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(Reuters) — A federal appeals court panel on Wednesday cast doubt on an effort by the National Rifle Association to revive its lawsuit challenging New York state's closing of gun stores early in the COVID-19 pandemic because they were “non-essential” businesses.
The NRA, which is also defending itself against a lawsuit by New York's attorney general seeking its dissolution, had sued over a March 2020 executive order by then-Governor Andrew Cuomo, saying the closures violated the Second Amendment and other provisions of the U.S. Constitution.
A federal judge dismissed the NRA's lawsuit in August 2020, but Mr. Cuomo's order was later rescinded and another legal challenge to the order was declared moot.
Philip Furia, a lawyer for the NRA, told the 2nd U.S. Circuit Court of Appeals in Manhattan that the gun rights group still had “viable claims” but drew skepticism in arguing it be allowed to replead its case and seek compensatory damages.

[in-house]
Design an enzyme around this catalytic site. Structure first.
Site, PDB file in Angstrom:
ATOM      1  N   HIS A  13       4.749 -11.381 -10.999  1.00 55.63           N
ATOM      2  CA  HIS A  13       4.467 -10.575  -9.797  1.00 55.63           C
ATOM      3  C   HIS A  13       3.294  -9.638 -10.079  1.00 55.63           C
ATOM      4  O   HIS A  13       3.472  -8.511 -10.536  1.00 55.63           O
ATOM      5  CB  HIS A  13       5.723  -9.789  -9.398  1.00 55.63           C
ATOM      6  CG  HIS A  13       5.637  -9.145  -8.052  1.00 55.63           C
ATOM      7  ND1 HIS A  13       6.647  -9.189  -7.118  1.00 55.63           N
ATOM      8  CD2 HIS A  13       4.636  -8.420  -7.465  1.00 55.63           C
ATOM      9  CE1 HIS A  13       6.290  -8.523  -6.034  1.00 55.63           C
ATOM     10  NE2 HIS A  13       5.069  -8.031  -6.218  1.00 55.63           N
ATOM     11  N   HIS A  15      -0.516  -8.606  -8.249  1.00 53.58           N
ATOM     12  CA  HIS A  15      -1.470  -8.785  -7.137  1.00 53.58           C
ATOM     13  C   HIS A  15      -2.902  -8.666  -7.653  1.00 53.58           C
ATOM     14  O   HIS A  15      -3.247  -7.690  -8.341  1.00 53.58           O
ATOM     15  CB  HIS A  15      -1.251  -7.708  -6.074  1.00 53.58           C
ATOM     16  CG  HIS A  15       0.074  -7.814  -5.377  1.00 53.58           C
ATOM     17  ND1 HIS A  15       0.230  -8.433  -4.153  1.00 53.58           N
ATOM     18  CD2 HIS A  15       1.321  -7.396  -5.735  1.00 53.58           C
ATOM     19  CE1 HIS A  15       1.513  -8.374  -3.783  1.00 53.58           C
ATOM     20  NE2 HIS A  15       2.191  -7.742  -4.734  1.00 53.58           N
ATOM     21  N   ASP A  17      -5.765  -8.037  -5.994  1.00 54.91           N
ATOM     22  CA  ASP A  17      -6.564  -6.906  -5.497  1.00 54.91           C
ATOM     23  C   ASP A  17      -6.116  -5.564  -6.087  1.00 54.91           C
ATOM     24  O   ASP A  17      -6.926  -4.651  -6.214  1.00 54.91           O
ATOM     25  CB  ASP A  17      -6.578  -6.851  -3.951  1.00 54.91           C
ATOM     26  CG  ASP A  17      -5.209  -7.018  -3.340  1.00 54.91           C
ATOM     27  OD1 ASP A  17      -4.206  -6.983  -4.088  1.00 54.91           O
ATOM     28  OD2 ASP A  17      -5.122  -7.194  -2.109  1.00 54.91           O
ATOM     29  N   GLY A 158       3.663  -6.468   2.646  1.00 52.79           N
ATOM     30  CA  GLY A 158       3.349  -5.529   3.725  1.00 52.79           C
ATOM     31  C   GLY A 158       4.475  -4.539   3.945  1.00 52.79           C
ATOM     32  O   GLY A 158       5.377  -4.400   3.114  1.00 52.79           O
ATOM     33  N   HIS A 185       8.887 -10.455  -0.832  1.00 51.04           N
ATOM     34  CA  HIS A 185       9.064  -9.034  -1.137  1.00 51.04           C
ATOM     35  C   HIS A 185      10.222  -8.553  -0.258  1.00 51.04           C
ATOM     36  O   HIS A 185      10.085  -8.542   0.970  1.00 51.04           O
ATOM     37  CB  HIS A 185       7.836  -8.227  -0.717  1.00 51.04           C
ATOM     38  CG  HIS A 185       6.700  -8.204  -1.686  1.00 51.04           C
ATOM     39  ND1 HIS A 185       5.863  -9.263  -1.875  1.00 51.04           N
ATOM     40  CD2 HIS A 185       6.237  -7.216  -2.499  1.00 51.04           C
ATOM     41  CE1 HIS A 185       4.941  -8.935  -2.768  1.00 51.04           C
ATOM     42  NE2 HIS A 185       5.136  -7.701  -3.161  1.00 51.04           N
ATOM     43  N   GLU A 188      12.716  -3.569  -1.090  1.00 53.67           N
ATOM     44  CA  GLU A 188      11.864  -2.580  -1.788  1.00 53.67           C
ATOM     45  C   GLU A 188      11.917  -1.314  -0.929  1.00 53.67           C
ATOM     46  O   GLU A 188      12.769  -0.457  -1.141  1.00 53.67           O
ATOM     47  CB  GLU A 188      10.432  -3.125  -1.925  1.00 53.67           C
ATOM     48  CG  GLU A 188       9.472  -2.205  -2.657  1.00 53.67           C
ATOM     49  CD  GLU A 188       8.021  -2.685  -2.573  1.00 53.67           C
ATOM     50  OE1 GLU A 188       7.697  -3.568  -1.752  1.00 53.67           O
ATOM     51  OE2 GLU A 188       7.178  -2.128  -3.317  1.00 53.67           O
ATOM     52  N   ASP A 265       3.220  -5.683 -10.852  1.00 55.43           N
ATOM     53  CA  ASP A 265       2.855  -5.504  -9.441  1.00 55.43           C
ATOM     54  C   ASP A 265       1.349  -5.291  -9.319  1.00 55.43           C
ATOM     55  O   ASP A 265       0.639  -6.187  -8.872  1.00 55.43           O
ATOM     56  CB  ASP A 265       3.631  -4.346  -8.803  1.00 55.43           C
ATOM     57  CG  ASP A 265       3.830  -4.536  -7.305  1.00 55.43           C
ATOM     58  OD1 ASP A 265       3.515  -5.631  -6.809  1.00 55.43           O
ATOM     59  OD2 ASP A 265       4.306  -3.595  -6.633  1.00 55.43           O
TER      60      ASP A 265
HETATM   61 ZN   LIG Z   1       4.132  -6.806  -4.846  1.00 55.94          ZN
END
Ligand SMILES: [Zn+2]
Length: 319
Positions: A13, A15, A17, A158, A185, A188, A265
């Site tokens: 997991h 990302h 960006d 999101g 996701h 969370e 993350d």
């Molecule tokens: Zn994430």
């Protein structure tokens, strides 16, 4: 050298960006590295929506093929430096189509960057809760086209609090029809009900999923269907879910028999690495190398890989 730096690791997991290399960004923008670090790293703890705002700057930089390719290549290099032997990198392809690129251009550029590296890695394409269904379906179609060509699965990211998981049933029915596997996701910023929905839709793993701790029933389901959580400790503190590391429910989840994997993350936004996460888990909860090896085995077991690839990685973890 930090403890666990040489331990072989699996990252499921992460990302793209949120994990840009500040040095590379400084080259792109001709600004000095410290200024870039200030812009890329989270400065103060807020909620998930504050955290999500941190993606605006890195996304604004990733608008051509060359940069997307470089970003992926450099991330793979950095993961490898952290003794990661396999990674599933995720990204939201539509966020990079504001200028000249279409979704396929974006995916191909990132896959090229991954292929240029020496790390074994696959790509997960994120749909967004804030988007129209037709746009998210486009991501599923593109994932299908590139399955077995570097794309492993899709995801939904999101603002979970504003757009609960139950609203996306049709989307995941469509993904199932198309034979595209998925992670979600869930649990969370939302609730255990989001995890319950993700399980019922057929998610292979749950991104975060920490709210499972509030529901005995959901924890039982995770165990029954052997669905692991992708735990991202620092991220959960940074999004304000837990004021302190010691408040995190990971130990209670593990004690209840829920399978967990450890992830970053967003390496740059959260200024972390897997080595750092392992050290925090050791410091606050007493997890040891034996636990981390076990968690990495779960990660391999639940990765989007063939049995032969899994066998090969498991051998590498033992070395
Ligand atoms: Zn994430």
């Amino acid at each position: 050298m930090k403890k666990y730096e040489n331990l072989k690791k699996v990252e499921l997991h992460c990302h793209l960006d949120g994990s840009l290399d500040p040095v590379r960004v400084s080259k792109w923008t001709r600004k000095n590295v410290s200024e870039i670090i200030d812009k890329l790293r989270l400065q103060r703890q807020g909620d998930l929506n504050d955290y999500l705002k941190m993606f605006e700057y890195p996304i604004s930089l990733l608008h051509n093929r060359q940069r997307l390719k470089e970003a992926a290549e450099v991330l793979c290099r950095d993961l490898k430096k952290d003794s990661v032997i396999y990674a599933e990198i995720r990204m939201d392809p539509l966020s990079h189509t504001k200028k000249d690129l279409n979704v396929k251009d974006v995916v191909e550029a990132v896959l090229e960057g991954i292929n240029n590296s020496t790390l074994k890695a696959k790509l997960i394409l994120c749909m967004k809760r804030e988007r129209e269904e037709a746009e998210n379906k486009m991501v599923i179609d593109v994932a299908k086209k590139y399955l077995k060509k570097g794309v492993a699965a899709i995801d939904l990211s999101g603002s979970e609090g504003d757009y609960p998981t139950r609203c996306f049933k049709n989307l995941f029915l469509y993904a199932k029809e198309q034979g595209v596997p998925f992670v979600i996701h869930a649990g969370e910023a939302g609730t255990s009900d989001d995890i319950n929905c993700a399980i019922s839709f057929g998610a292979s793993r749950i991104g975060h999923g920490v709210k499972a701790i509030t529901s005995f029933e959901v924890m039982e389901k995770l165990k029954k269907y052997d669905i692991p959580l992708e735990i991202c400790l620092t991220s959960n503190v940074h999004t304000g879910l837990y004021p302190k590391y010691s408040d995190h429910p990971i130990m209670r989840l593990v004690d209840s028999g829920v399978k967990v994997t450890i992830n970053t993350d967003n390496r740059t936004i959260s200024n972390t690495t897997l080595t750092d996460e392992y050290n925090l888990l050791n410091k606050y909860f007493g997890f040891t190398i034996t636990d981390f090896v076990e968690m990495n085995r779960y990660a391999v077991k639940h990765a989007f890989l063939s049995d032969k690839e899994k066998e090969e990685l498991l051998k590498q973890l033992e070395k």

“I'm not sure what you want,” Circuit Judge Michael Park said. “I'm not sure what this lawsuit is about anymore.”
Brian Ginsberg, a lawyer for the state, said there were constitutional problems with a repleading, and the NRA already had three chances to seek compensatory damages.
“This would be the fourth bite at the apple, and I think that's at least two bites too many,” he said.
The appeals court did not say when it will rule.
In seeking the NRA's dissolution, state Attorney General Letitia James has said the group, a New York nonprofit, is racked by corruption, including by diverting millions of dollars to insiders including longtime CEO Wayne LaPierre.
The NRA had in January filed for bankruptcy and sought to reincorporate in the more gun-friendly Texas, but a judge called the Chapter 11 case an improper effort to gain an “unfair litigation advantage” and avoid Ms. James' oversight.
Ms. James is also seeking Mr. LaPierre's ouster.
(Reuters) — The National Rifle Association agreed to a five-year ban on doing insurance business in New York state and will pay a $2.5 million civil fine to settle charges it offered insurance to members without a license and concealed how it routinely kept some premiums for itself.